Double take

 

“I bet that butterfly will come out today,” I said to my husband as I jostled the little jar that held our chrysalis. The dark form jerked around as the I bumped the jar on the windowsill.

I turned around to clear the table, giving directions to the boys. When I came back to the sink, “oh, a bug has gotten into the butterfly jar!  I’d better get it out,” I exclaimed, as I saw the black insect flapping around at the bottom. “Oh, the chrysalis is empty–it’s the butterfly!”

Just like that, transformation can happen. Turn your head away, turn back, and things have changed. Isn’t life like that?  What you think is predictable, maybe isn’t.

There is a lesson for us. One for you and another for me. Here’s mine for today:  Pay attention to little things that look ordinary. Take little snapshots in your mind. Life won’t always be like it is today. It might be better, but never the same.

Like the case of the caterpillar, change brought beauty and freedom. Let your change, however uncomfortable, bring joy and not bitterness.

Enjoy the journey.

 

simple. practical. timeless

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A couple of months ago, our homeschool changed focus to more of a practical preparedness approach. We are loosely using the Prepare and Pray curriculum, but as usual, life has kept us busy with different twists and turns, preventing a completely consistent use of Prepare and Pray, as it’s written, anyway. The focus is still there.

With our Pathfinder Club, the boys have learned many useful skills, like knots, camping skills, and  rescue, just to name a few.  I am extremely thankful that we have a good club!  Since that’s finished for the year, the boys really have purposed to learn more of these practical skills this Summer, in the form of more honor patches.  Having a little incentive to motivate them sure makes a difference!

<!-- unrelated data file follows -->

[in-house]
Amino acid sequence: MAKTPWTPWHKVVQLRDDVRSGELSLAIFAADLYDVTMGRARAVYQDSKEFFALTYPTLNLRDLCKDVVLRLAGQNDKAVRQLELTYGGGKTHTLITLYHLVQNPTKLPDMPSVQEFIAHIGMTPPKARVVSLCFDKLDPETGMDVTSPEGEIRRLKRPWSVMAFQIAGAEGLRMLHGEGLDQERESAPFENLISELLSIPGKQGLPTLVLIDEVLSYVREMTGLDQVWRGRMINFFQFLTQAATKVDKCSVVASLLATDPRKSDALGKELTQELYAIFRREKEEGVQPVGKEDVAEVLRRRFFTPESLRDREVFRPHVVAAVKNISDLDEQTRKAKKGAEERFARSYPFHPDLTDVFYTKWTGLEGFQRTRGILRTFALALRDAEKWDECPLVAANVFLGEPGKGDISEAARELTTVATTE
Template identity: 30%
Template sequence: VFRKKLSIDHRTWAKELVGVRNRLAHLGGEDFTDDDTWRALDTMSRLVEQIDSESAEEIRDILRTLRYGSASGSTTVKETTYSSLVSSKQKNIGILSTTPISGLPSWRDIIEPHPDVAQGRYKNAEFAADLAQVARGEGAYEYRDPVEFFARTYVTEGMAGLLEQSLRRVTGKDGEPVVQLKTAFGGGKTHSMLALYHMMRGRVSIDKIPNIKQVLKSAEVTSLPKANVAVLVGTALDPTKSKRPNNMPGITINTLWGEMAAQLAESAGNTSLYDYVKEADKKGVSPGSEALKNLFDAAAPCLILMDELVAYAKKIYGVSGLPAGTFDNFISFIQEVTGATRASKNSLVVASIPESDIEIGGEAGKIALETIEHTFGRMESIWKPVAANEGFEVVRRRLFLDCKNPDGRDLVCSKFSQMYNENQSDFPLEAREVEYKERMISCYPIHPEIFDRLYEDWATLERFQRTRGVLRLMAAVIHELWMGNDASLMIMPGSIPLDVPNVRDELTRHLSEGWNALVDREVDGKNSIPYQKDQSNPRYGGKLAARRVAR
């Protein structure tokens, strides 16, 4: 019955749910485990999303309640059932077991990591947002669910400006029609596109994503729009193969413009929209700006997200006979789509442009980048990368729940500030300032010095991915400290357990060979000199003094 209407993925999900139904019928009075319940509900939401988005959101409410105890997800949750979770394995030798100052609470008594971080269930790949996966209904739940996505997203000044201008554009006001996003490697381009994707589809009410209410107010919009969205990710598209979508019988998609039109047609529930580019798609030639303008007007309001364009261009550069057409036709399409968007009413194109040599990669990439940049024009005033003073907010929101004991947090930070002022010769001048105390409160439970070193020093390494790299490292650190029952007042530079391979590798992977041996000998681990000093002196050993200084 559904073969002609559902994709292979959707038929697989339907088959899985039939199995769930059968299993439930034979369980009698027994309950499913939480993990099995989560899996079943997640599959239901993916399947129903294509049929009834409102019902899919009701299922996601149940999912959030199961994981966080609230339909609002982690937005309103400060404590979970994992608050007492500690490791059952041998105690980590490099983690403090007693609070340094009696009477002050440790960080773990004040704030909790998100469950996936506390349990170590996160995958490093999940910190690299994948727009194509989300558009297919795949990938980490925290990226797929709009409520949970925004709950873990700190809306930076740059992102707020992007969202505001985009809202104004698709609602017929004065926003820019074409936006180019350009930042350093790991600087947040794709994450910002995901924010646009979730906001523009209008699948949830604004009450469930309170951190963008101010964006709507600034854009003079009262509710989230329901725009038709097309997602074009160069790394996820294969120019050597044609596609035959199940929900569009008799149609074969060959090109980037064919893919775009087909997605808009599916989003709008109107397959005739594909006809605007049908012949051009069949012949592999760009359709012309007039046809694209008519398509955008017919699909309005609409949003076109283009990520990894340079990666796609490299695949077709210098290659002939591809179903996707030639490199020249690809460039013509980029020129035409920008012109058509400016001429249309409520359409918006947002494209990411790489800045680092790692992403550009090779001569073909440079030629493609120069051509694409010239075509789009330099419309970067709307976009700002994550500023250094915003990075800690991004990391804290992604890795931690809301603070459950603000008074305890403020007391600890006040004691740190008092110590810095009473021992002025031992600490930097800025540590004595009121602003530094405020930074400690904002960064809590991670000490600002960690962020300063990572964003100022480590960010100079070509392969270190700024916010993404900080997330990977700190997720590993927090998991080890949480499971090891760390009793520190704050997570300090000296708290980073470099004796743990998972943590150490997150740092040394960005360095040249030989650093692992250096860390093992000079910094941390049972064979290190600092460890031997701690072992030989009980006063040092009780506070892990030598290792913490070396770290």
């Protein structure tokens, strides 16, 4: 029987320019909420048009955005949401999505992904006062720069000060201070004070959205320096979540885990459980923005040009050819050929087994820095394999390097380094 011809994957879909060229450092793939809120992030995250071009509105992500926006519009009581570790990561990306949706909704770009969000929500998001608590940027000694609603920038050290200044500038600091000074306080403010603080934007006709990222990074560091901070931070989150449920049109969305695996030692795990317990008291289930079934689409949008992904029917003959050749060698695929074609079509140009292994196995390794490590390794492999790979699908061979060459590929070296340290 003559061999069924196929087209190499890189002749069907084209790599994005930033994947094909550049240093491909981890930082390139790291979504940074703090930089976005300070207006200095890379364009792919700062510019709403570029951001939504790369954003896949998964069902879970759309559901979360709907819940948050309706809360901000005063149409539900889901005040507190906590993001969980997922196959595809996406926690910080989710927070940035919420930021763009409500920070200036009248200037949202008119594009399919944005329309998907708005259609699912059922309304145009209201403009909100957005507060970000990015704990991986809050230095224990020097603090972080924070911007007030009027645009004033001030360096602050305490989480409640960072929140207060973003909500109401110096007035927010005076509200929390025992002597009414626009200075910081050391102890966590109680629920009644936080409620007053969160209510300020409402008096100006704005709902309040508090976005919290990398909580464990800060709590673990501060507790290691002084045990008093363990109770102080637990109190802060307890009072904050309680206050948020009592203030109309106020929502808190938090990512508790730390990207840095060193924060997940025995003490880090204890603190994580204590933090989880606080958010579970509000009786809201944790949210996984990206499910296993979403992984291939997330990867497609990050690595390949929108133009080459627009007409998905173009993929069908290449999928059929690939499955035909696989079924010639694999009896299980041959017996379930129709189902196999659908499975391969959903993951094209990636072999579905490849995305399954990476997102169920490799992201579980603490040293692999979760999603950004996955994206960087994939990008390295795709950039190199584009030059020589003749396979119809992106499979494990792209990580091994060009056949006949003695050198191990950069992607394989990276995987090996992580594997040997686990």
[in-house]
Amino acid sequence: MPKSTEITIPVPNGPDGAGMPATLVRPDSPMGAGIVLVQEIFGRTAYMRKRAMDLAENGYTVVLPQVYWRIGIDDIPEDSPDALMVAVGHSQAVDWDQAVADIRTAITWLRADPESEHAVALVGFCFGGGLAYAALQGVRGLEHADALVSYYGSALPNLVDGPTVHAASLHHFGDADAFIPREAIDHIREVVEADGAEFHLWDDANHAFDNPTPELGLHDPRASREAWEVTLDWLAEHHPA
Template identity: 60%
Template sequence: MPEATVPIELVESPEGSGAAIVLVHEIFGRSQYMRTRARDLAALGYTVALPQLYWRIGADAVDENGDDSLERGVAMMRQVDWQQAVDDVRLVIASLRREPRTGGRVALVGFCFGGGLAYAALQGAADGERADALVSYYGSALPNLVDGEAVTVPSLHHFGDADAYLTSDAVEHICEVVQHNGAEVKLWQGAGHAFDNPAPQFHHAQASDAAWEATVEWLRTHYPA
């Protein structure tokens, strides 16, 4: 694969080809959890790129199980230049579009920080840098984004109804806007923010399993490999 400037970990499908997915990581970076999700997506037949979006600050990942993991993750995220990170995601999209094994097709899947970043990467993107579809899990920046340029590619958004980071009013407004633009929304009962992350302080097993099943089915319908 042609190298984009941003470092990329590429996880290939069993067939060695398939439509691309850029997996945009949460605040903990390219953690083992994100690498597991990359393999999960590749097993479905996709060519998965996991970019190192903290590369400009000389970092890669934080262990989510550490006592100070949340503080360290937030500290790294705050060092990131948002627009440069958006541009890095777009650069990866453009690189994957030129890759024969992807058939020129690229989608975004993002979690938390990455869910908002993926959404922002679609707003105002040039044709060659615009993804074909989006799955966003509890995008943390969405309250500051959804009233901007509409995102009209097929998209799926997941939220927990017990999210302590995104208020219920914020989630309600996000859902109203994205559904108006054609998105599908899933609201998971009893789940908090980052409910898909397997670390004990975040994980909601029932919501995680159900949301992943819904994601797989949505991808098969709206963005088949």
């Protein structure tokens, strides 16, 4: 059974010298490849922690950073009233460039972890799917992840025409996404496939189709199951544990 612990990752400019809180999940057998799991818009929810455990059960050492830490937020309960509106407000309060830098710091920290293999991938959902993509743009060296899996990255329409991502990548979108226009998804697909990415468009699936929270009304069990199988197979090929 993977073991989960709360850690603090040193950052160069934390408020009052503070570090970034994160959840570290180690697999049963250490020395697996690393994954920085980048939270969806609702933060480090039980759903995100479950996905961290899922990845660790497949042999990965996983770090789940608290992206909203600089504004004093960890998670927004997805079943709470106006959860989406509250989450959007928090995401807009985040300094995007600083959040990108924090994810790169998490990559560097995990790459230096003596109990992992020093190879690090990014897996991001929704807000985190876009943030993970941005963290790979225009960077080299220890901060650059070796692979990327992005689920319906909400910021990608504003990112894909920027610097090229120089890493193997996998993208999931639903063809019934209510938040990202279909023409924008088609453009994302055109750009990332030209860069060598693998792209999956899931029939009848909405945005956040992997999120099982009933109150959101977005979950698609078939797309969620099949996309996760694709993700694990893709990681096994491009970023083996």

But last weekend, our whole family had the opportunity to participate in a really wonderful time of learning!  The whole focus of the five day camp meeting was Preparedness–with the focus being on the time, which we believe is soon, when things in our world will be very different from the way we are accustomed to.  The Bible calls it the Time of the End.  Now, we believe that Jesus is our only Refuge in the storm that is coming.  Yet, if we know that we can learn skills that will help us to better deal with what we know is coming, when our modern conveniences won’t be able to be depended upon, then we are wise to consider taking notice.

The name of the  camp meeting was Total Preparedness Camp, and was put on by Jim and Becky Buller, of Preparing to Stand Ministries.  We attended in Liberty, KY, but they hold these camps in different locations throughout the country!